Nonsteroidal antiinflammatory drug use among patients with GI bleeding.Ann Pharmacother. 2004 Jul-Aug; 38(7-8):1159-64.AP
Previous studies have suggested that recommended gastroprotective strategies such as gastroprotective agents (GPAs) and cyclooxygenase (COX) 2 inhibitors may be underutilized among individuals at risk for nonsteroidal antiinflammatory drug (NSAID)-related gastrointestinal (GI) bleeding.
To examine the use of traditional NSAIDs, COX-2 inhibitors, and GPAs among patients recently hospitalized for GI bleeding.
This was a retrospective cohort study of a national sample of 4338 veterans hospitalized for GI bleeding between January and June 1999. Prescription drug use was examined for 6 months following hospitalization. We examined relationships of subject characteristics (age, race, gender, geographic region, diagnosis of arthritis) to prescription of a high-risk NSAID, defined as a traditional NSAID but no GPA within 60 days before or after the NSAID.
Approximately 20% of subjects were prescribed an NSAID or COX-2 inhibitor, but only 5% were prescribed a traditional NSAID with no GPA. In a multivariable analysis, subjects <65 years of age and those with arthritis were more likely to be prescribed a traditional NSAID without a GPA. No other subject characteristics were related to receipt of a high-risk prescription.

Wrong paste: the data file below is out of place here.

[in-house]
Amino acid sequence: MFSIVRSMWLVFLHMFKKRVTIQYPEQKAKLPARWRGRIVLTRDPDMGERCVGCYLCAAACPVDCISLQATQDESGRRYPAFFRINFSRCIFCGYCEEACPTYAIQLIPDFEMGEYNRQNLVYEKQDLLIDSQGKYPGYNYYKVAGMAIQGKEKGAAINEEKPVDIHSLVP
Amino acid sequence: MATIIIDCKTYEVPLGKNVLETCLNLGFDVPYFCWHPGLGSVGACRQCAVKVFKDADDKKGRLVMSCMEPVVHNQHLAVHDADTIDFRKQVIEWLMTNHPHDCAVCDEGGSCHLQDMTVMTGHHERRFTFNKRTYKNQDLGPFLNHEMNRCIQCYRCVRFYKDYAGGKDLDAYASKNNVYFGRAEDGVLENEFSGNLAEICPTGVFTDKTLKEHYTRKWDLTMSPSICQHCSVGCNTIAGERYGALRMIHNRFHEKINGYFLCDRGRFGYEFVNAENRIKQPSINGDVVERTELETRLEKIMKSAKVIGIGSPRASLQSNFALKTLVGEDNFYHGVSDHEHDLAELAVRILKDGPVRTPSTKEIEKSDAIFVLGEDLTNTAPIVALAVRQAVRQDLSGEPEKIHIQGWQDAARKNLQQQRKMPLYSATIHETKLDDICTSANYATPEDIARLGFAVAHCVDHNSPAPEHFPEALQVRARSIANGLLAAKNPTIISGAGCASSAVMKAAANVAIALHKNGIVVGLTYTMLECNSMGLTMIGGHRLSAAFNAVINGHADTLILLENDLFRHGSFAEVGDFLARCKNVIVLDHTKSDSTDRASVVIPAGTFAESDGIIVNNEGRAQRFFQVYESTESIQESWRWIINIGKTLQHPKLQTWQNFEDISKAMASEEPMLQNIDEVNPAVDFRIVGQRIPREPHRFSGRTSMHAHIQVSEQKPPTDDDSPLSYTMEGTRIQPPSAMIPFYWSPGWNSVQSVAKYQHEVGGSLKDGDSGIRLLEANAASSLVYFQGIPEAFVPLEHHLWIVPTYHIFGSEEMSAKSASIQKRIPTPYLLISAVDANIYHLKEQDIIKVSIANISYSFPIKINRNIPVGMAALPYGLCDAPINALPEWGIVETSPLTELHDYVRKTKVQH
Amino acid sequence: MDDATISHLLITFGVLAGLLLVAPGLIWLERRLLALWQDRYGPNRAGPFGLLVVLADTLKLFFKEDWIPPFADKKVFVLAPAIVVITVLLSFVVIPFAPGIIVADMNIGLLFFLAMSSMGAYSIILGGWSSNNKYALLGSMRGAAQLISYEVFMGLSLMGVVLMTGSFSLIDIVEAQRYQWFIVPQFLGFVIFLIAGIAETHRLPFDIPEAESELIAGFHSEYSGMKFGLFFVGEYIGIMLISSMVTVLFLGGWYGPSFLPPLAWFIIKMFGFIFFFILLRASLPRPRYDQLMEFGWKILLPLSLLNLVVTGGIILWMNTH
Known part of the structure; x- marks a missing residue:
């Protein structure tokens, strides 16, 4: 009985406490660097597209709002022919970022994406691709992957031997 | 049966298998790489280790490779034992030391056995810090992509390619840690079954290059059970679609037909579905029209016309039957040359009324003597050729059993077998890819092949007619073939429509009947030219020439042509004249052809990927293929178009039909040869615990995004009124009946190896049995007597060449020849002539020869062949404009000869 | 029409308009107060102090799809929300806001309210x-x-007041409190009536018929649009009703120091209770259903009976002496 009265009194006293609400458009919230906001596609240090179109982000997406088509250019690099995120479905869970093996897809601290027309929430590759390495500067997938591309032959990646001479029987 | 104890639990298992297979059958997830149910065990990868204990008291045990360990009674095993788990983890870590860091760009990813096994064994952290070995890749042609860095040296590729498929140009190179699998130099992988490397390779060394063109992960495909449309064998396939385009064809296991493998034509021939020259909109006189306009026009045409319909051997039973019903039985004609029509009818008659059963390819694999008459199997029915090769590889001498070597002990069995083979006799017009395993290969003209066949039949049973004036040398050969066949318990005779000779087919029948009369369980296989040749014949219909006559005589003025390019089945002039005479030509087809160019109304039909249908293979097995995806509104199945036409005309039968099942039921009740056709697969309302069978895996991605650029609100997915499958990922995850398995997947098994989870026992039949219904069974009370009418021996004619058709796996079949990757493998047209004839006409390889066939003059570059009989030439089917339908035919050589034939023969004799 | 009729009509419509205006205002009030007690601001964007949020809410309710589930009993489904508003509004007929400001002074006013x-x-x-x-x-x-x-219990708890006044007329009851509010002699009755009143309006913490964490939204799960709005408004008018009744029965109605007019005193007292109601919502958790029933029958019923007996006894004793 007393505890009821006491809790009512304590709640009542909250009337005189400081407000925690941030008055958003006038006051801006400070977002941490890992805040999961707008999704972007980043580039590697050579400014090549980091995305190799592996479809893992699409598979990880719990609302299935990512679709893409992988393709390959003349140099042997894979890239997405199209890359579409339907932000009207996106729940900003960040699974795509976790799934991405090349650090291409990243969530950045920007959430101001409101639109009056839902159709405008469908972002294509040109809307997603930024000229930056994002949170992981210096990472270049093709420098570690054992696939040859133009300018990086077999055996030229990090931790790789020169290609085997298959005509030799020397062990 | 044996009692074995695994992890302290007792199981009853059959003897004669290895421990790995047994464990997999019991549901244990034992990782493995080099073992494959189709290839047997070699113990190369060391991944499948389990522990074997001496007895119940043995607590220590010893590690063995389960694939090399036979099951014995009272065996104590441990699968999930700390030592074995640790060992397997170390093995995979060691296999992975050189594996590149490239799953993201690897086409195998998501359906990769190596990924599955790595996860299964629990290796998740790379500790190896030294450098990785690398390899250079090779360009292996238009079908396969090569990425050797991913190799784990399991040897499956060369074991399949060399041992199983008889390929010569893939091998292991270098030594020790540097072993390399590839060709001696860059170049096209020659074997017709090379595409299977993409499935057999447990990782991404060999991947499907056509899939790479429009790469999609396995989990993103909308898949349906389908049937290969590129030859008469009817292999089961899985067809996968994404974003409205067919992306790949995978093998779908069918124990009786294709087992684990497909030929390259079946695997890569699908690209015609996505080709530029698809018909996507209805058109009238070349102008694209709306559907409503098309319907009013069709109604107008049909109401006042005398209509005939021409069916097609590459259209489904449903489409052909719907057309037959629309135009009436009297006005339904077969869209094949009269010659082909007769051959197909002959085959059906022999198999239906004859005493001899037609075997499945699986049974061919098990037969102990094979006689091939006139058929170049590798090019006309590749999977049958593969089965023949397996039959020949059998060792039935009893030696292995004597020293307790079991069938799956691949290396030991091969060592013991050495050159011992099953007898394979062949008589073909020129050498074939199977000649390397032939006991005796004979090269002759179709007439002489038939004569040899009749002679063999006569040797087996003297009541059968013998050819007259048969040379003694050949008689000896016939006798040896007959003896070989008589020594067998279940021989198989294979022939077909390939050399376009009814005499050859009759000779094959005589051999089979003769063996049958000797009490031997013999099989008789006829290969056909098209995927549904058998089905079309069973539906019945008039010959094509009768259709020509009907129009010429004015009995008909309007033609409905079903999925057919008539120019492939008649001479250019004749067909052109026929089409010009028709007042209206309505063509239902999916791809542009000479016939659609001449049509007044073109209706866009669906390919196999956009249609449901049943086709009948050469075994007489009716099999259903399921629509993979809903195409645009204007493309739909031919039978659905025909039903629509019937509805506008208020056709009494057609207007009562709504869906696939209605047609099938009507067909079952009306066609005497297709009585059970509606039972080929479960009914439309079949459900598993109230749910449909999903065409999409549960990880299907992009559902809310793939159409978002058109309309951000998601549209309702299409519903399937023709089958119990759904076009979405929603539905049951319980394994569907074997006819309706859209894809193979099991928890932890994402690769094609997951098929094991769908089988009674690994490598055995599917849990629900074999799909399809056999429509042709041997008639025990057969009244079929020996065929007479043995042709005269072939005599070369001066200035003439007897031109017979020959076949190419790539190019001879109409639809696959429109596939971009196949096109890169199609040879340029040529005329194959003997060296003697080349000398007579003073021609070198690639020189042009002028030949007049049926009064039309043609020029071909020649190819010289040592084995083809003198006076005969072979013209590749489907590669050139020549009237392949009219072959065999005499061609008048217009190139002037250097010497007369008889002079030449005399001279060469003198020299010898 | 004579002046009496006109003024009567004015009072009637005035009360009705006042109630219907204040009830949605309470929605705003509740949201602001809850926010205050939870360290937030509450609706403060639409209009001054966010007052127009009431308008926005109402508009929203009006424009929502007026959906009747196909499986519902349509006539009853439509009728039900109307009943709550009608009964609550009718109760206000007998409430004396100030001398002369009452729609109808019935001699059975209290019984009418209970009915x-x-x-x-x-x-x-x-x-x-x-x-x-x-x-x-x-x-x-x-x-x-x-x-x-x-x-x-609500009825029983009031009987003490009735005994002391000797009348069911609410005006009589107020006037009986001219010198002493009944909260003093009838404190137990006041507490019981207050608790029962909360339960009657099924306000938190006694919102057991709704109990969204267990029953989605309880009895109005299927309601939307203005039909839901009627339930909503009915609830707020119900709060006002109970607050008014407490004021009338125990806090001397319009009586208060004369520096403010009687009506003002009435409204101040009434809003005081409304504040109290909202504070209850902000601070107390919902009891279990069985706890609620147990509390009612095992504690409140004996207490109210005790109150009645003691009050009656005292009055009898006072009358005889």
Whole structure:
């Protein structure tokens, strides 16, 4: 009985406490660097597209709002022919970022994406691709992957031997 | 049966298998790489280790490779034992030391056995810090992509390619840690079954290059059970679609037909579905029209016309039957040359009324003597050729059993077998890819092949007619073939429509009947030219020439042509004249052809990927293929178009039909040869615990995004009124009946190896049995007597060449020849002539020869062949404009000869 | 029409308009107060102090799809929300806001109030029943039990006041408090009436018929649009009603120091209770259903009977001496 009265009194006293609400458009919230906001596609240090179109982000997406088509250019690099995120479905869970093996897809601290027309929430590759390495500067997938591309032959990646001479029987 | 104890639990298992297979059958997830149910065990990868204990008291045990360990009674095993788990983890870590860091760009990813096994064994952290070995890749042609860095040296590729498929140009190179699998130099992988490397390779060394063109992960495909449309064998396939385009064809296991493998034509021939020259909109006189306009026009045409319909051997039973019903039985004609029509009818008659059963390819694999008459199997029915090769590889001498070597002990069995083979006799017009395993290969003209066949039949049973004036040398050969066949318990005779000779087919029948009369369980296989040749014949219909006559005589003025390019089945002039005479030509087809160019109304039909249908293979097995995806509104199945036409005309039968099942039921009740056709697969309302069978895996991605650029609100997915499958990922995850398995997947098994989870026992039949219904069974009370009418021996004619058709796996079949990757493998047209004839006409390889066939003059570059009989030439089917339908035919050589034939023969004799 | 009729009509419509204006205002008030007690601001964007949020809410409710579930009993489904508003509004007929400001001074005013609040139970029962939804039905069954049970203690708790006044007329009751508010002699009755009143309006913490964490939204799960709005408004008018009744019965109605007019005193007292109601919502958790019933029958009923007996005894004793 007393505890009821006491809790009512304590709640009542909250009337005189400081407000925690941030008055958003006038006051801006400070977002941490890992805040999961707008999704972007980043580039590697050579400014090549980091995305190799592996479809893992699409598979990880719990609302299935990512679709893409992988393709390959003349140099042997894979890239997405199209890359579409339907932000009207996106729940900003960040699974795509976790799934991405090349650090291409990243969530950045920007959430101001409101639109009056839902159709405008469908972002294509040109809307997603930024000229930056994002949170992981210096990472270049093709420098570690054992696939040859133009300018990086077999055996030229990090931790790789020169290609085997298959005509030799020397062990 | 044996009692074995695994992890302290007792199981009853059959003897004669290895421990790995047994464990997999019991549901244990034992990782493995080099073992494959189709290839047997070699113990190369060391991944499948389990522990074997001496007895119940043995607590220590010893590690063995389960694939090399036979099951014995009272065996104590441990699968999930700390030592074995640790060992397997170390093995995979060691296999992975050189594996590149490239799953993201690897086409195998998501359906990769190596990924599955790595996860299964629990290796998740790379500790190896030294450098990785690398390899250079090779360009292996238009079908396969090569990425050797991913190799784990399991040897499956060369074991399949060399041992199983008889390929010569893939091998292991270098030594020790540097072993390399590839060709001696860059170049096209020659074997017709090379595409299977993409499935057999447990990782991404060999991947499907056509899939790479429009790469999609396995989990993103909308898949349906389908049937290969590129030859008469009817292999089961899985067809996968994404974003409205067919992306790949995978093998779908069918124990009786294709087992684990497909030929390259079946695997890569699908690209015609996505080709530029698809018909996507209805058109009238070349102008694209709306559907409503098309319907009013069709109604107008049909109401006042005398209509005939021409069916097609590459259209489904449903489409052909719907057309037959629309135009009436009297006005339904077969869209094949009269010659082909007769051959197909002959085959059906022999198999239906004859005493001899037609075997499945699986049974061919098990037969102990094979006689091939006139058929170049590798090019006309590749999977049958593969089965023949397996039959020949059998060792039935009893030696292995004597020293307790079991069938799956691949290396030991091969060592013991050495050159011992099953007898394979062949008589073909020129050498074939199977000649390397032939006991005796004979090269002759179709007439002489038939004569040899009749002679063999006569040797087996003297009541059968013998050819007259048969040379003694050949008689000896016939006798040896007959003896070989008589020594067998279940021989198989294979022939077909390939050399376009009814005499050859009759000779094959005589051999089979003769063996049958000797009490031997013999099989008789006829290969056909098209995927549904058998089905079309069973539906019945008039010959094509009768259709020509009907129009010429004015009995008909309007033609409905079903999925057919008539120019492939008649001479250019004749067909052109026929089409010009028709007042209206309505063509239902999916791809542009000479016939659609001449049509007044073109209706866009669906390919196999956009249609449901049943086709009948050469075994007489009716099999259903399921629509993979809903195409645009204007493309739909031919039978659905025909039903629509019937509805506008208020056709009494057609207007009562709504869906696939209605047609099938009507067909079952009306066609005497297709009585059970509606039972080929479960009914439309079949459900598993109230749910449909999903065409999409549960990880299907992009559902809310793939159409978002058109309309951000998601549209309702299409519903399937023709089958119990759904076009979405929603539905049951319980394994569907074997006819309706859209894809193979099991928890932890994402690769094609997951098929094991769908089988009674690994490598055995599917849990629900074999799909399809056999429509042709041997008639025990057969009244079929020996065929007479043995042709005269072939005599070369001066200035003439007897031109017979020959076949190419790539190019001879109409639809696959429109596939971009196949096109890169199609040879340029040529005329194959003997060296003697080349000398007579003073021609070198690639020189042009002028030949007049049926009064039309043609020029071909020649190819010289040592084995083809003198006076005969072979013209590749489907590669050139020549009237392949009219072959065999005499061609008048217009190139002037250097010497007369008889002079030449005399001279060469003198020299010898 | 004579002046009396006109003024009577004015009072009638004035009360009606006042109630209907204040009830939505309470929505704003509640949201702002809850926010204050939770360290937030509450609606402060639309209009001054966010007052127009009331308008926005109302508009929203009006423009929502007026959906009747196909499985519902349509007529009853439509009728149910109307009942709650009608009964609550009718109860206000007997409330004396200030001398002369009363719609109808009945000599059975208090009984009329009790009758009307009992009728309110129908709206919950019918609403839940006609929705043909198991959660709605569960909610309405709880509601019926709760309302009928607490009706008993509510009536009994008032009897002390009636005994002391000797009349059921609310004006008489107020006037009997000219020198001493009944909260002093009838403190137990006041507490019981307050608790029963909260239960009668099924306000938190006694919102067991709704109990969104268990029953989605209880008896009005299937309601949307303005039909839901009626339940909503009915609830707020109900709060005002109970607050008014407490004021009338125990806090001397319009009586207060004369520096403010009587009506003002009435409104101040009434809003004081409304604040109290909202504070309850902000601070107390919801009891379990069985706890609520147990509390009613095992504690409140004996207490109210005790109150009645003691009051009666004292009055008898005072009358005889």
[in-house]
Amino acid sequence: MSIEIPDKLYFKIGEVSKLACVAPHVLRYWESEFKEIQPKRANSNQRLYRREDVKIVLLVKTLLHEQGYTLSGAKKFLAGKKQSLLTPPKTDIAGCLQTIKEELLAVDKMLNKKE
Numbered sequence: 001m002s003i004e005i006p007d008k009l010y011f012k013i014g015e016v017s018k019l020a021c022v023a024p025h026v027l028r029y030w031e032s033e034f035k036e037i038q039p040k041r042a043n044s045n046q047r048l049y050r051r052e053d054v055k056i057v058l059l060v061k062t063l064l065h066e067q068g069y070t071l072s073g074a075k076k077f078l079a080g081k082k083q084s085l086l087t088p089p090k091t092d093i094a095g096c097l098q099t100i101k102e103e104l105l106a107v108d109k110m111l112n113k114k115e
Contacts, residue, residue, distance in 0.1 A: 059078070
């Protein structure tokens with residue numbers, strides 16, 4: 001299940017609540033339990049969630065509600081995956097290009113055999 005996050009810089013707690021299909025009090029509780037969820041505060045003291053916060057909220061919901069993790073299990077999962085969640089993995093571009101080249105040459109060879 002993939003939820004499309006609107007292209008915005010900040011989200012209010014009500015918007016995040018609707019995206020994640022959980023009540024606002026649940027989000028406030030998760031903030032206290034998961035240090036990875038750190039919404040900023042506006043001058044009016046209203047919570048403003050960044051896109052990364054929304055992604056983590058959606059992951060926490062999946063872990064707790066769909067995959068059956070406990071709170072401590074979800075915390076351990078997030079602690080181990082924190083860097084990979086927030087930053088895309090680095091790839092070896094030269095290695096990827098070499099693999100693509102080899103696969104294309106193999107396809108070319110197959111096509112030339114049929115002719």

In a national sample of veterans with a recent hospitalization for GI bleeding, high-risk NSAID prescriptions were uncommon. Underuse of gastroprotective strategies may be more common in patients with less recent GI bleeding-related hospitalization. Strategies to remind physicians and pharmacists to screen for GI risk factors may help to sustain appropriate prescribing and reduce NSAID-related adverse events.